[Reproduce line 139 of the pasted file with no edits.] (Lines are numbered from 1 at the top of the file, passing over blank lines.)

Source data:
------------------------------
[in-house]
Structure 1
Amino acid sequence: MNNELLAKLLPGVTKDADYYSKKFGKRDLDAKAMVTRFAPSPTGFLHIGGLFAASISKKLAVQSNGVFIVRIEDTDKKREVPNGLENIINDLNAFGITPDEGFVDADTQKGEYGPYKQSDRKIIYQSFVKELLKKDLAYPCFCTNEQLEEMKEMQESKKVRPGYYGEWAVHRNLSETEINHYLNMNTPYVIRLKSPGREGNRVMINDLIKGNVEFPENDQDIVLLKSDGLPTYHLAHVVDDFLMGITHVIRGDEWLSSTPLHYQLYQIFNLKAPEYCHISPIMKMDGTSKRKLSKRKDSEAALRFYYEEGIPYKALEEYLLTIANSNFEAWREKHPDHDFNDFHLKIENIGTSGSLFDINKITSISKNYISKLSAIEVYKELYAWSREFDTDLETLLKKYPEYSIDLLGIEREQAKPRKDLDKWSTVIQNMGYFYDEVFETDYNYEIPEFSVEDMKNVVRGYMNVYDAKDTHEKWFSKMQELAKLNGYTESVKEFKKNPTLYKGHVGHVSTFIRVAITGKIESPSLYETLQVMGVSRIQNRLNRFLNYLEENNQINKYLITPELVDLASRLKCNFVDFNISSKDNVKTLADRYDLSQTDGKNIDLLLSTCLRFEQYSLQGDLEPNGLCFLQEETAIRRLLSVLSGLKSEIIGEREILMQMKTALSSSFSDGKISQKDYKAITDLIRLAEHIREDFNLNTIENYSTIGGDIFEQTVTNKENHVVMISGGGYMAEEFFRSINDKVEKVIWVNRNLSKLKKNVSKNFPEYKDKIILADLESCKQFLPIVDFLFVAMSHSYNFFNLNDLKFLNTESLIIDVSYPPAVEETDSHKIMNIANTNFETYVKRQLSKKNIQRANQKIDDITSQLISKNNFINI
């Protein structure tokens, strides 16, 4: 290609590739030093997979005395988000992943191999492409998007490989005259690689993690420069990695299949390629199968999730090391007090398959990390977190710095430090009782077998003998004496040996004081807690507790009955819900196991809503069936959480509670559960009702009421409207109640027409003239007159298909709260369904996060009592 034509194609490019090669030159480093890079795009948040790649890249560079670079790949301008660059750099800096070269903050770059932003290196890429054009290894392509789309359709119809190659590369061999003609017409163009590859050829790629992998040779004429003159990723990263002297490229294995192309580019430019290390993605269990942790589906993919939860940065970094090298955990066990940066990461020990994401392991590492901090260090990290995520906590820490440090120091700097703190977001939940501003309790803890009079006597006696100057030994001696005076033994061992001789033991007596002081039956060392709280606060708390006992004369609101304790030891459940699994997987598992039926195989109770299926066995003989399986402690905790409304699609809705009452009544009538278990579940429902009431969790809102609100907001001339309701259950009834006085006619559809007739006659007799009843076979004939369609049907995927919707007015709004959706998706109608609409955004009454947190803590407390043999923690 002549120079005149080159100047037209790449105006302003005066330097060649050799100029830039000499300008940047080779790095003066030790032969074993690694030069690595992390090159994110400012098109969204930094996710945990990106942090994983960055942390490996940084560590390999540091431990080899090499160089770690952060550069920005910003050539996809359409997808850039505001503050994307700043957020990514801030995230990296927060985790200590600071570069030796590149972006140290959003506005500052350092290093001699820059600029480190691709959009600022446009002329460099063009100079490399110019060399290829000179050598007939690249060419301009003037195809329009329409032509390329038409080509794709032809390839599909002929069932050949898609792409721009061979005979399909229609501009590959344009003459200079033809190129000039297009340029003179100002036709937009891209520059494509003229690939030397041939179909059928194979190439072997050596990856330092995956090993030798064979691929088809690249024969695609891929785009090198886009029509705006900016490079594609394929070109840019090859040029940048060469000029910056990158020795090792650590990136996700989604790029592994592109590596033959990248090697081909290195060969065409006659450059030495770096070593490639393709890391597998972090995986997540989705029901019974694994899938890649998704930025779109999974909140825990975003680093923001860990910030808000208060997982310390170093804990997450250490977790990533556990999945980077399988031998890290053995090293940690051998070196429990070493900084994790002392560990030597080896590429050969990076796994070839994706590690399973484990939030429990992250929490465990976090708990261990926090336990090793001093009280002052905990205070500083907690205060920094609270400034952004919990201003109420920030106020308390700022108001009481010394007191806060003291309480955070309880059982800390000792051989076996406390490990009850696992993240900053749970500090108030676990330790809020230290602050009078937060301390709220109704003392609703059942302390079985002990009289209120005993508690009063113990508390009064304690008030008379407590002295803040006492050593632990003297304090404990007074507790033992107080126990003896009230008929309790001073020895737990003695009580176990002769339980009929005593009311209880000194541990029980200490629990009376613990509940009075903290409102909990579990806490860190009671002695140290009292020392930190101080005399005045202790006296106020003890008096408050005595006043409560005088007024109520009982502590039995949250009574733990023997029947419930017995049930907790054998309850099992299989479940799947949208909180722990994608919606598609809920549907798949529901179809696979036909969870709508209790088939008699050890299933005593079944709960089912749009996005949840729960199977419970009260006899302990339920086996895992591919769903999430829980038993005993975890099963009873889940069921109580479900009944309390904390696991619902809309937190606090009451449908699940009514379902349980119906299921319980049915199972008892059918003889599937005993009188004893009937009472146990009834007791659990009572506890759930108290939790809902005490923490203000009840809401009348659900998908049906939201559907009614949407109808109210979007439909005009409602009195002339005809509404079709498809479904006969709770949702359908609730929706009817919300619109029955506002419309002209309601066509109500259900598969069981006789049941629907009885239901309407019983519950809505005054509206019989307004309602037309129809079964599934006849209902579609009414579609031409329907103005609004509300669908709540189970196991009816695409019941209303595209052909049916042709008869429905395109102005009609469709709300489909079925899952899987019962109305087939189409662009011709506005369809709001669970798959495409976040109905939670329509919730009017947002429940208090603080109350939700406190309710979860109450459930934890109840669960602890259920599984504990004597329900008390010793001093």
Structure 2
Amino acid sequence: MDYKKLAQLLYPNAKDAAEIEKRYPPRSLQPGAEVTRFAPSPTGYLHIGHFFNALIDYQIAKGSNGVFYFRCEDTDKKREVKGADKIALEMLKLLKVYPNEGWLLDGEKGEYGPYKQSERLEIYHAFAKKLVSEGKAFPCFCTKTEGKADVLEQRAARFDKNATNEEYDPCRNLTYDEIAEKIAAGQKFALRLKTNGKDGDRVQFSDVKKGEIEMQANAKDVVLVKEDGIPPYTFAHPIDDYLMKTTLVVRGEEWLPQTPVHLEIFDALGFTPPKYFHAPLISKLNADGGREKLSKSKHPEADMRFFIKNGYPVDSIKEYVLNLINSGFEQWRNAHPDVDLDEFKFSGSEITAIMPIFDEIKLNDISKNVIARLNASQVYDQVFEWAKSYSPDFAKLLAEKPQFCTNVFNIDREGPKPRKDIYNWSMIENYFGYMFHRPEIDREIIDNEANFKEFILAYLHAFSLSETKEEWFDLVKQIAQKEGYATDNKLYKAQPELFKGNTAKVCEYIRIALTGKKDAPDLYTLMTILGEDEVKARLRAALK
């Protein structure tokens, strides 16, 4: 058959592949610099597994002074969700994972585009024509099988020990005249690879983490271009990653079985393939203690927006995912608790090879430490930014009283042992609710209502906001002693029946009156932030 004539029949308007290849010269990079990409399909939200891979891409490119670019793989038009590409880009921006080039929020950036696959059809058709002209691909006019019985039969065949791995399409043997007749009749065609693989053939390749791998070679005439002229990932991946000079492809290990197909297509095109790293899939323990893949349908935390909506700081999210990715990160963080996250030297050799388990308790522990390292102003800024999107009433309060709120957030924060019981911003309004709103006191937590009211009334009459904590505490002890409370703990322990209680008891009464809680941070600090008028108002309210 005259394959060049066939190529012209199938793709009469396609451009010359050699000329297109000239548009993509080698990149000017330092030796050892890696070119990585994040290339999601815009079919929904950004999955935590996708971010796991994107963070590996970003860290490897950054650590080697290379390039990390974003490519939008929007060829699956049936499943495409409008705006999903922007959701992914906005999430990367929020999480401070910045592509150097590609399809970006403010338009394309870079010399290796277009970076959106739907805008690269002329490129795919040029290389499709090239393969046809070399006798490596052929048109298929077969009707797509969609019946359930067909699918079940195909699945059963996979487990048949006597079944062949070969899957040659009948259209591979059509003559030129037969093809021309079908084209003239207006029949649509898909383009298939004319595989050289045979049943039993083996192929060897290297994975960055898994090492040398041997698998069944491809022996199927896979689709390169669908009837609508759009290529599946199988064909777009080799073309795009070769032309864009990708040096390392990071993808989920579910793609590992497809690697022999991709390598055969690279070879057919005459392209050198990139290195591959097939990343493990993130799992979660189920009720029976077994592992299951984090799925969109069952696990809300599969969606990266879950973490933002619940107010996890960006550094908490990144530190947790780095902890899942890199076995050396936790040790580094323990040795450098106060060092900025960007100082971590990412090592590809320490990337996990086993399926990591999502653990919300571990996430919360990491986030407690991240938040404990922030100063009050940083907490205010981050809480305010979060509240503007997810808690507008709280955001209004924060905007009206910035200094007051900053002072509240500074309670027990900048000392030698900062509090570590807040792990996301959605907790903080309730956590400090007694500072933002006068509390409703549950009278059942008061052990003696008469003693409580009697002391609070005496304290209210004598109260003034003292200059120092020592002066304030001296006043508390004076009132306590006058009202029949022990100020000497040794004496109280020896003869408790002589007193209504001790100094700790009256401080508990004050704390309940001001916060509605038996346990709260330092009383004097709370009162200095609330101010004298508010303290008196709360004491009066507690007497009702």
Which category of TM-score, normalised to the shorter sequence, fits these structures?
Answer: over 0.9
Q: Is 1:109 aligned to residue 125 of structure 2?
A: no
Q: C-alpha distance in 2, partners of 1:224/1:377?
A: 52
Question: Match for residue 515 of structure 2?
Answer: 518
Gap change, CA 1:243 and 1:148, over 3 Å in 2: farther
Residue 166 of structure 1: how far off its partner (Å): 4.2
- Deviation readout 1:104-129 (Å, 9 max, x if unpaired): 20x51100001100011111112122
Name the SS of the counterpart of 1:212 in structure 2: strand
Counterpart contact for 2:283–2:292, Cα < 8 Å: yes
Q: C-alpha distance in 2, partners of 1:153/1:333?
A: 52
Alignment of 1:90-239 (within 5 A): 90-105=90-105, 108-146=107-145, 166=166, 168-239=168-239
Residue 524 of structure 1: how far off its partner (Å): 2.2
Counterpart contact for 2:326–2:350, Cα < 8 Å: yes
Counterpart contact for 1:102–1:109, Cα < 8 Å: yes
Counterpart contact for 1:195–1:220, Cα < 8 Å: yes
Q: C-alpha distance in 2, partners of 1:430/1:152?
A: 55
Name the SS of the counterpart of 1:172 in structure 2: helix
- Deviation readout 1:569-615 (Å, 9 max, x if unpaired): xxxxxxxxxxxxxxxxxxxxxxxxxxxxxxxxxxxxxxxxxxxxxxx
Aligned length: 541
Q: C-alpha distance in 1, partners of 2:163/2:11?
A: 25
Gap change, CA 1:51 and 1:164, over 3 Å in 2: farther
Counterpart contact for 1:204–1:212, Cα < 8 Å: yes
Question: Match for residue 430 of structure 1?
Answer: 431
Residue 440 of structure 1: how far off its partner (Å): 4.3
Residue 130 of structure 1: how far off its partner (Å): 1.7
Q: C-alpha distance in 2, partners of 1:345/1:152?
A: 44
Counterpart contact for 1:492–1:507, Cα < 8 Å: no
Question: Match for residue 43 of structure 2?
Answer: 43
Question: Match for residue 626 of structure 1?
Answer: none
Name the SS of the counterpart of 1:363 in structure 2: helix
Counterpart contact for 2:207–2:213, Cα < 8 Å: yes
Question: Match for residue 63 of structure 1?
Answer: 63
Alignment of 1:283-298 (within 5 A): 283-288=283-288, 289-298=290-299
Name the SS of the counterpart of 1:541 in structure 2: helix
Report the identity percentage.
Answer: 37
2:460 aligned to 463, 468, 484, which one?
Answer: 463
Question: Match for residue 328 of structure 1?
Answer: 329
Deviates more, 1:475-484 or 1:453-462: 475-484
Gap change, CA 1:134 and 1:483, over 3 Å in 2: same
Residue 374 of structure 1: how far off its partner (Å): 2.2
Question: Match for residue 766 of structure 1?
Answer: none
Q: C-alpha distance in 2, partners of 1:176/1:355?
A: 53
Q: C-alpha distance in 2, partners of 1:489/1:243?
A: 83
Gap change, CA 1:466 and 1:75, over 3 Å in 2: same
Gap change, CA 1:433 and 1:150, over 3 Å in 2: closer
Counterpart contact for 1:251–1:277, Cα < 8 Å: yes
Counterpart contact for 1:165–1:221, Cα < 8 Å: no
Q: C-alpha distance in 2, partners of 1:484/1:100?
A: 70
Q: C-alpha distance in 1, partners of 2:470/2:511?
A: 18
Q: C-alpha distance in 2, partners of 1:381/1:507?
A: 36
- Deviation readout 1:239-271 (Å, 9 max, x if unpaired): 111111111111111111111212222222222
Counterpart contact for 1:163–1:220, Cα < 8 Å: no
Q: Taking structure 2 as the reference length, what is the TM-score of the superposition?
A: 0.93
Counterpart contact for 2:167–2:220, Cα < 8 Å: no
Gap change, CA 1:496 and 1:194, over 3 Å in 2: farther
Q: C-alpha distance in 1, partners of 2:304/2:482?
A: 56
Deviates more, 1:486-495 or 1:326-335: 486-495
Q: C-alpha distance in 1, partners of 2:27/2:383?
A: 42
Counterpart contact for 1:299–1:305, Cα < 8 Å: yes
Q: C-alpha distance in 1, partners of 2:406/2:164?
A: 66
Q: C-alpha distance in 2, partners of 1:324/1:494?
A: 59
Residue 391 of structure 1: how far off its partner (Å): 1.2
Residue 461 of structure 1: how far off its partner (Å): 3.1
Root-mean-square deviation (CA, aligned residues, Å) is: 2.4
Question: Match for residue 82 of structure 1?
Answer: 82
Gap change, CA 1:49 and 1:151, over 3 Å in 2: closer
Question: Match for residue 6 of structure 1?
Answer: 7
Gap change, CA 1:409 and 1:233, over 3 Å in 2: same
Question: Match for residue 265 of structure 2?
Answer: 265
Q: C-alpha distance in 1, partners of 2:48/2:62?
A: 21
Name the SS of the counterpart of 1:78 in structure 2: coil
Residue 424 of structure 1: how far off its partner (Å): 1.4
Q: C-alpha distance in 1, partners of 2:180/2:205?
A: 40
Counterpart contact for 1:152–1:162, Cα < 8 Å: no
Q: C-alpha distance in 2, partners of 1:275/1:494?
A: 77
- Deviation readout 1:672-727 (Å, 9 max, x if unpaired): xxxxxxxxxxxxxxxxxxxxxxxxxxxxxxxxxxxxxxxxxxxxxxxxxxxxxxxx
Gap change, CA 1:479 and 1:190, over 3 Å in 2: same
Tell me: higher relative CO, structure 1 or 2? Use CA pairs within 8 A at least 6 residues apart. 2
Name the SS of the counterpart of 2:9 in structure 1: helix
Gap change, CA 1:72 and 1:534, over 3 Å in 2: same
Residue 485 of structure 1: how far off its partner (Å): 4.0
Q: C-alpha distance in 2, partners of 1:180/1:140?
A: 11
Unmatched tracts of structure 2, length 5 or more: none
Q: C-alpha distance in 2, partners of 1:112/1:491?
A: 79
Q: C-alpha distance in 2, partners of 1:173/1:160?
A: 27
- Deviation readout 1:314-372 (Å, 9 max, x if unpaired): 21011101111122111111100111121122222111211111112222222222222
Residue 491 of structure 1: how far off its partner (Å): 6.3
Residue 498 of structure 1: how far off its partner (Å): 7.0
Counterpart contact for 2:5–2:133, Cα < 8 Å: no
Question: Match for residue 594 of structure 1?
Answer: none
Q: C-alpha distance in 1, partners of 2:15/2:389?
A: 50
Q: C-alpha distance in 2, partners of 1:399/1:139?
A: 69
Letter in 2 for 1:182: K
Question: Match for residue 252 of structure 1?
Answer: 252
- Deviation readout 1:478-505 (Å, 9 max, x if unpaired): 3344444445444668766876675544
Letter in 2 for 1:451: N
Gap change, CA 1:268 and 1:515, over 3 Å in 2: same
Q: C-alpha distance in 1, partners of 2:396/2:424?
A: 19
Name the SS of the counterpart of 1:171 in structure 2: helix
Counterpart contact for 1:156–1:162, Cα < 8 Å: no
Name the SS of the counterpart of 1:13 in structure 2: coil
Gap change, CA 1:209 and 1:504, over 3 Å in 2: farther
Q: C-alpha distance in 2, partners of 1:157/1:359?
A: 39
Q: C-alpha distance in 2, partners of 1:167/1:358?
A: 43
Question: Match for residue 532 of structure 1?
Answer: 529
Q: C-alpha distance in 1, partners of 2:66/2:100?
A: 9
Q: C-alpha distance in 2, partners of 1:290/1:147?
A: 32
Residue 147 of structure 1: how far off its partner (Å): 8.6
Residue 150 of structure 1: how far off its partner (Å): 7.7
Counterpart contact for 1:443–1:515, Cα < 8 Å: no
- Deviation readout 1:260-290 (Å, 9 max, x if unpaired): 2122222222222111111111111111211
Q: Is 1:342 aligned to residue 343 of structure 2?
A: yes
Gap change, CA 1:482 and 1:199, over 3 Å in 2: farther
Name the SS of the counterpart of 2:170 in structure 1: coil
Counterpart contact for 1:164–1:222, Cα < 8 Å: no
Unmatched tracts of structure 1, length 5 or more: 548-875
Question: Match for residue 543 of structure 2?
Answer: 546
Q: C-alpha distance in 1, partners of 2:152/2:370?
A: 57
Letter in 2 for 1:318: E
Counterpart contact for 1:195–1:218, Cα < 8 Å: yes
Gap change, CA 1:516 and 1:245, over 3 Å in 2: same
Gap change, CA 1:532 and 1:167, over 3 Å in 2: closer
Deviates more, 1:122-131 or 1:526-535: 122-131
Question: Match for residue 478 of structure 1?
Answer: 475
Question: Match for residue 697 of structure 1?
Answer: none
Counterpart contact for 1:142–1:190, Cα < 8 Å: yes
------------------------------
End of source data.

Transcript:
Question: Match for residue 252 of structure 1?